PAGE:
It was mid-November. It was a day of firsts. First time to ever attend a Catholic Funeral Mass. First time to be given an Easter Egg at a funeral service of any kind. First time ever seeing someone hand out money at a funeral. First time seeing someone deliver a eulogy while wearing rabbit ears. And, first time taking a photo during a funeral service (hey, if you saw someone delivering a eulogy while wearing rabbit ears, you would have taken a photo too!).
I knew the service was going to be different before I even arrived. This was, after all the funeral for my my dear friend’s mother…just 15 months after my own mother’s passing. I wasn’t confident I would even be able to make it through. But, I had to make it through…for him.
As the service began, I was initially struck by how little I knew about my friend of twenty years. Were these things I knew and and forgotten? Were these things that went in one ear and out the other? Or were these things I never knew in the first place? I seemed to remember he had siblings. Did I remember there was one brother and one sister? I seemed to remember his father had passed many years before. Did I remember he was paraplegic? Some friend I was.
One by one family members and friends made their way to the front of the church. As they spoke a picture was painted, a picture of a mother, a friend, a teacher, a devoted parishioner. There was the daughter who spoke of a mother who taught her what it means to be a lady; the son who read the story of his mother’s life in her own words from a letter discovered among her belongings; the lifelong friend who spoke of schoolmates who had been best friends and co-workers for a lifetime. And then…and then there was my friend.
“OK, everyone we are going to play a game! Everyone has to listen, and there are going to be rules!,” he shouted as he approached the microphone…wearing pink rabbit ears. He then told the story of the infamous “Cuffel Easter Egg Hunt”. He started by asking who had even heard of the Egg Hunt. Of the 90+ people there, most everyone raised their hand. “Who has participated in the Easter Egg Hunt?” Very few hands were lowered.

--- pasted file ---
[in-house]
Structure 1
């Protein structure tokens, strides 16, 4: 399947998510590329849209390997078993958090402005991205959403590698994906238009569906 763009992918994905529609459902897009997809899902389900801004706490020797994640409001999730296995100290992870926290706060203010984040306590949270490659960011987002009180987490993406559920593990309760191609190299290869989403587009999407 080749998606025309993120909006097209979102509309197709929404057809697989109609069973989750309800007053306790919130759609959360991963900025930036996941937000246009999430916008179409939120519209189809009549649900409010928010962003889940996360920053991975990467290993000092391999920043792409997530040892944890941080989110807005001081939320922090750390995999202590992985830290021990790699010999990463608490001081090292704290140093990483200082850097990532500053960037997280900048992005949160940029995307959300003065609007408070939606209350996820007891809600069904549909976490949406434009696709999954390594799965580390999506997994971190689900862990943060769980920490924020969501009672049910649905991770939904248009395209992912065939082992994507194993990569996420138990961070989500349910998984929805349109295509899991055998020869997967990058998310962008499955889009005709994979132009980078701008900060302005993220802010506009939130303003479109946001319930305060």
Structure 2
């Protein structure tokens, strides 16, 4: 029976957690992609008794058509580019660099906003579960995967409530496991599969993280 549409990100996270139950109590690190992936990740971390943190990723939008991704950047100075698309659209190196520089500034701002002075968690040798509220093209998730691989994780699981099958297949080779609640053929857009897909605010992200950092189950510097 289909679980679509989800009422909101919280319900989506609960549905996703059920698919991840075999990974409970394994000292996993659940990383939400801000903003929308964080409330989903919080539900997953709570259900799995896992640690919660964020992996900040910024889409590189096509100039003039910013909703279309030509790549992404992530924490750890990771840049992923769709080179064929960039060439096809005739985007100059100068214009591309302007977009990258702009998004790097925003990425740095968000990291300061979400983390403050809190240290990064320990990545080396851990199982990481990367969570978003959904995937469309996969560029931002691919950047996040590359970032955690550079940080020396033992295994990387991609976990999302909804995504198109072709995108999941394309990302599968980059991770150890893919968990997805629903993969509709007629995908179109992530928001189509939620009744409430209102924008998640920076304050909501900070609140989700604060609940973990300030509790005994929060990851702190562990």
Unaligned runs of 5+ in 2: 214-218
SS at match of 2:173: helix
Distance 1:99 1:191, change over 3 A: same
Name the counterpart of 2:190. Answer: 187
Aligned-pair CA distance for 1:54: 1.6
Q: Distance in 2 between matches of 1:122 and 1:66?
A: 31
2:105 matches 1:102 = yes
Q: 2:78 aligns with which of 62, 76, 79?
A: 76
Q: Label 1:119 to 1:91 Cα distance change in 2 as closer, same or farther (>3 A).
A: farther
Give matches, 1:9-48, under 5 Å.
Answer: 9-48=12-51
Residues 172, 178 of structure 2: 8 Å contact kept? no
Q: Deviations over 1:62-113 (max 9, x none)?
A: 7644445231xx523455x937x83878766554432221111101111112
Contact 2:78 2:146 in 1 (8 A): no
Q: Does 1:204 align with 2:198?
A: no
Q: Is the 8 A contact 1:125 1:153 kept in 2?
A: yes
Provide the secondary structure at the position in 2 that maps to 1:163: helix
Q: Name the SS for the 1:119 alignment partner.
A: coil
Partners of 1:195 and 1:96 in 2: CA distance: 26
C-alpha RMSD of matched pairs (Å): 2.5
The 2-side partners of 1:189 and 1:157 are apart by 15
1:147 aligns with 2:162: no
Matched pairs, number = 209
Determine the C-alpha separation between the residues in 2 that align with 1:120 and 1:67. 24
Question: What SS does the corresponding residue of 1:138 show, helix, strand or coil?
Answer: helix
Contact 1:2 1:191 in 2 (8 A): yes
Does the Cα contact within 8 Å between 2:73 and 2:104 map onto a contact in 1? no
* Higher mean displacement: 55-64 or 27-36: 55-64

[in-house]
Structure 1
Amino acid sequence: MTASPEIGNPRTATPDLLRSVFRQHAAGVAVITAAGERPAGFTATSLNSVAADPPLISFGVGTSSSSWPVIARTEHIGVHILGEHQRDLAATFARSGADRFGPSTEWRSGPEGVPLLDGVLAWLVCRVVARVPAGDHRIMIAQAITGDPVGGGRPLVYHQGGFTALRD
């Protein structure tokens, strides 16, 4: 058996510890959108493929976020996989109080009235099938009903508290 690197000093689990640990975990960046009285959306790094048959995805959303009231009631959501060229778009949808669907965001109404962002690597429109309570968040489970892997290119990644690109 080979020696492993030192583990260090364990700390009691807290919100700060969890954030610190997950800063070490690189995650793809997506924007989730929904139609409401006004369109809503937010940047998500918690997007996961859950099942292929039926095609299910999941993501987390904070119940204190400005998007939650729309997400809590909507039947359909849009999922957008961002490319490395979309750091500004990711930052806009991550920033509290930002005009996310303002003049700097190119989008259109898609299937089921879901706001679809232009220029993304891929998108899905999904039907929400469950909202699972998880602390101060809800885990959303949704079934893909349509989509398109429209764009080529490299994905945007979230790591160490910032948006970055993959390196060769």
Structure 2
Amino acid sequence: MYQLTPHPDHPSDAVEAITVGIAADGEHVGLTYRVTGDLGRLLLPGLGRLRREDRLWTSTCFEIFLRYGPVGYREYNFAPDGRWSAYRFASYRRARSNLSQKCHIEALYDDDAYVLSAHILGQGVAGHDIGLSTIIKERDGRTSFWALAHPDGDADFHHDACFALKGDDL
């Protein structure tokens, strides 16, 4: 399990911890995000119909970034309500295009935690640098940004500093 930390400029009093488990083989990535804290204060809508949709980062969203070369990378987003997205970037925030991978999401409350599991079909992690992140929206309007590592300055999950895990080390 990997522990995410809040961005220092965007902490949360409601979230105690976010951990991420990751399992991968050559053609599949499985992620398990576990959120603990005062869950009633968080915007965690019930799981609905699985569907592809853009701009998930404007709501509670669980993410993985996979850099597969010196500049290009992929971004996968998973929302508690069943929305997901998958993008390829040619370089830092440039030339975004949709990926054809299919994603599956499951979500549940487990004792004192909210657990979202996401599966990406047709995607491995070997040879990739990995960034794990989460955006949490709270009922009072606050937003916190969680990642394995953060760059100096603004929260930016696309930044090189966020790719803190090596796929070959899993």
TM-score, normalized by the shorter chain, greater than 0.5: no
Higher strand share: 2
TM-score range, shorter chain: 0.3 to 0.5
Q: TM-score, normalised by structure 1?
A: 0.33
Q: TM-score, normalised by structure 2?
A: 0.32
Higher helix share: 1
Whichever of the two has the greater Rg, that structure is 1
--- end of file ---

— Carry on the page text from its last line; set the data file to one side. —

He went on to explain the rules of the Hunt. There were 92 eggs hidden (90 this year and 2 left over from last year that were never found). Inside each egg was, not candy, but a number. After all the eggs had been found, his mom would call out numbers.
“Number 1, who has number 1? You get a nickle.”
“Number 2, who has number 2? You get a dollar.”
“Number 3, who has number 3? You get a ‘Happy Easter’.”
This would continue until all 92 numbers had been called. Prizes ranged from 5 cents to twenty dollars to a “Happy Easter” greeting.
“Ok,” my friend continued, “when you came in you were given an egg. Everyone stand up and open your egg. Ok, if you have numbers 1 – 3, sit down and have a Happy Easter. If you have 5 – 39, sit down and…Happy Easter.” He continued until three people remained standing. “Who has number 40 (her year of birth)? You get five dollars.” He walked out into the church and handed the woman a five dollar bill. “Who has number 74 (her age at death)?” You get ten dollars.” Finally, “who has number 4 (her treasured grandchildren)? You get $20.”
He then went on to talk of his mother. The lessons he learned from her, her love of games. He talked of her spirituality, her unconditional love, her compassion for others, her selflessness. As I sat there, I realized I knew more about my friend’s family than I thought.
Mrs. Cuffel, I never knew you, we never met. I have known your son for over twenty years. After having attended the celebration of your life, after hearing the stories, sharing in the laughs, the smiles and the tears, I realized, through your son, I DO know you. You raised a wonderful family. You raised a wonderful man. Spiritual, compassionate, a great friend. You should be proud.
Dennis, I love you brother. Have a Happy Easter!
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